Dear Faculty, Staff, and Students,
I just returned from my annual trek to the big Hill where college Presidents convene every February for the Annual National Association of Independent Colleges and Universities (NAICU) meeting. The meeting showcases public policy experts and others who share their insights on higher education before we all head out to visit our respective U.S. Senators and Representatives. The meeting was productive and the trip home gave me a chance to reflect on how our own governance structure was functioning on this hill. I must say: I think our system, small but mighty, is running pretty well as we continue to make decisions that are vitally important to this institution.
Already this week I attended two important meetings of shared governance groups: the Faculty meeting and the Student Senate. A couple weeks ago I was the guest speaker at the Staff Assembly. All three groups have taken on the academic redesign as a principle topic of the Spring Semester, and I am pleased to see how leaders and members from each have committed to participating in deep, creative, and positive ways. Such participation, through these three groups, especially, is key to keeping the change process healthy and productive.
While I will not summarize the respective meetings in detail, I will highlight a key nugget or two that I found illuminating and inspiring from each.
The most important take-away from the Staff Assembly meeting was that staff at Hiram College, no matter what department they call home, rightly see themselves as key contributors to student success and strong enactors of the College Mission and Values. Their perceptions match my own. This is a campus where staff work with each other and with faculty to ensure we provide students with the best experience we can—inside the classroom; in student clubs and organizations; in the residence and dining halls; on the field, the court, or in the pool, you name it. During the last meeting, staff made it perfectly clear that they want to help craft some of the innovation proposals due at the end of this month, and the Cabinet, SAT, and I are thrilled to have them join the existing brainstorming groups or submit proposals of their own.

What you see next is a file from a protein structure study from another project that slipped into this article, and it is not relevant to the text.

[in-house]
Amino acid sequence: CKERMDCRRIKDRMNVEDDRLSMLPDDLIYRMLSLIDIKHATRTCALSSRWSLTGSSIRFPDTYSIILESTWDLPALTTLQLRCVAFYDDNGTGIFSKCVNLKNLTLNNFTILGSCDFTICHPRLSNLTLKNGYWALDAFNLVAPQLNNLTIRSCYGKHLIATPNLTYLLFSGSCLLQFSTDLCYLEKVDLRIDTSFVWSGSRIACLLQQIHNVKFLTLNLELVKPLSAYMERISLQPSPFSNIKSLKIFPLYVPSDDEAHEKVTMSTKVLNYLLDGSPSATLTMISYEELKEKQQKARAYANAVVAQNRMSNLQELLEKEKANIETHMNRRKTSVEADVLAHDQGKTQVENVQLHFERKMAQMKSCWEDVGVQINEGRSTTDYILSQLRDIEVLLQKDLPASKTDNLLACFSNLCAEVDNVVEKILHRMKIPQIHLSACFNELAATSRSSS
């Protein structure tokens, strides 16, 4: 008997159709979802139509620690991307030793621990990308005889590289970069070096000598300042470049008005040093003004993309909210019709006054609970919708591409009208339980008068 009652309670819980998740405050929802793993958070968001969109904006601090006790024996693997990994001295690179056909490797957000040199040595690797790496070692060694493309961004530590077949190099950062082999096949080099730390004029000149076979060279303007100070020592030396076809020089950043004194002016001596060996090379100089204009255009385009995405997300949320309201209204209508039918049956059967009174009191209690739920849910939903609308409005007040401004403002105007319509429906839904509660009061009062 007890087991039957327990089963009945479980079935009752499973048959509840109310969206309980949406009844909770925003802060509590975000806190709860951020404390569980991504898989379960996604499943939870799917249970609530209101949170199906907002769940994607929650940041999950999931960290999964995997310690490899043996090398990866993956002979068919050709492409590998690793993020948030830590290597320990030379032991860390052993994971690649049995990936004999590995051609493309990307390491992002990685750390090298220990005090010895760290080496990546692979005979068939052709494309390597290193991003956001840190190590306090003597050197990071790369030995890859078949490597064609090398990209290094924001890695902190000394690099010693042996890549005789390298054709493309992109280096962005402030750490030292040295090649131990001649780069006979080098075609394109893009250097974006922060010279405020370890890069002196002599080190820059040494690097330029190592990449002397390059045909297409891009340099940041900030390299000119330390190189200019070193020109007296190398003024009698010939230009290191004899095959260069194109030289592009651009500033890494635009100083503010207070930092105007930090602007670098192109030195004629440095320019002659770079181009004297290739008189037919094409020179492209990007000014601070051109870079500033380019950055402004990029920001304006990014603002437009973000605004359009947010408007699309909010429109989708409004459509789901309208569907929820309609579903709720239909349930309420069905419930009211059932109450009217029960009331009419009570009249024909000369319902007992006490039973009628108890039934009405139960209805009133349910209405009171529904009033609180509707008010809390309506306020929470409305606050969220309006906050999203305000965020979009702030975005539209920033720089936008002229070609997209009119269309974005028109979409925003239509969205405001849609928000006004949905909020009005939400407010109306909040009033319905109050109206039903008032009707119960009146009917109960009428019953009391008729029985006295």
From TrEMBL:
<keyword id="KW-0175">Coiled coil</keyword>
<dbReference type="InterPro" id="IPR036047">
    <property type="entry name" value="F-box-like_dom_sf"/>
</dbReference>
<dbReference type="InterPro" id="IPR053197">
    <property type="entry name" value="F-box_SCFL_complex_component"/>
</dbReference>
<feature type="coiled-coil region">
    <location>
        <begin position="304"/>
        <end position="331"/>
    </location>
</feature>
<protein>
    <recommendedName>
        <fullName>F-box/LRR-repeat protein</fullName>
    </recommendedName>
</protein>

On Monday, I addressed the Faculty at their monthly meeting, and I was pleased to announce an improved faculty retirement plan. Already, the plan has garnered the interest and attention of a number of colleagues. If you were not able to make the meeting, please call Lisa Durkin for details. I was also able to announce news of another generous trustee gift. This gift will support a contract with the RAND Corporation who will help us cull through the ideas emerging on the redesign and identify a structure that makes sense for Hiram College at this stage of our evolution. CESC, Senior Cabinet, and the faculty brainstorming groups will work with me and our RAND consultants to create a typically inclusive process that invites many to participate.
The brightest of all these recent meetings (including the ones I had in D.C), however, was Student Senate. Our student officers worked hard at organizing an engaging, yet efficient meeting, open to all students, where participants could ask questions related to the Strategic Plan and the academic redesign. For almost ninety-minutes, students posed important questions, and I did my best to provide clear and accurate answers. This venue, a face-to-face one where we could personally interact, provides on-the-spot follow-up while deeply engaging each other, was the exact communication channel suited for teasing out complex issues that don’t lend themselves to emails, newsletters or the like. I commend the Hiram student officers and senators for showing all of us how to run a meeting that clarifies issues and calls folks to collective action for the common good.
The redesign will catalyze change, and change is often hard. Still, if we shape all of our changes to actualize the common good—Hiram’s long-term sustainability and student success— the challenges ahead will be worth it.
Lori E. Varlotta